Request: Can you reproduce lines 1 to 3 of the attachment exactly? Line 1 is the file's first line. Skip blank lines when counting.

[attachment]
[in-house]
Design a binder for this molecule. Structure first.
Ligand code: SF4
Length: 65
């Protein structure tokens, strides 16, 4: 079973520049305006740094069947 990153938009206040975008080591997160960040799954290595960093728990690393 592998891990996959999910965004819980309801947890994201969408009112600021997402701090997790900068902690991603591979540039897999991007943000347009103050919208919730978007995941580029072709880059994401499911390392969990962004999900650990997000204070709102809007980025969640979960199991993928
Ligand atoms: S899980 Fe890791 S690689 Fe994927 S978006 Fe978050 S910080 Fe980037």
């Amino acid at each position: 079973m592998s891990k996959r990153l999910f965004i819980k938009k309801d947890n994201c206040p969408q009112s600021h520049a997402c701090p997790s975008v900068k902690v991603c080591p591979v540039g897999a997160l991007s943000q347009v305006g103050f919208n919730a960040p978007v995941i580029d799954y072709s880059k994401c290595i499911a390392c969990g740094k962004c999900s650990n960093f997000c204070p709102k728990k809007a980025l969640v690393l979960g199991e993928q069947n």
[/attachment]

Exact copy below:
[in-house]
Design a binder for this molecule. Structure first.
Ligand code: SF4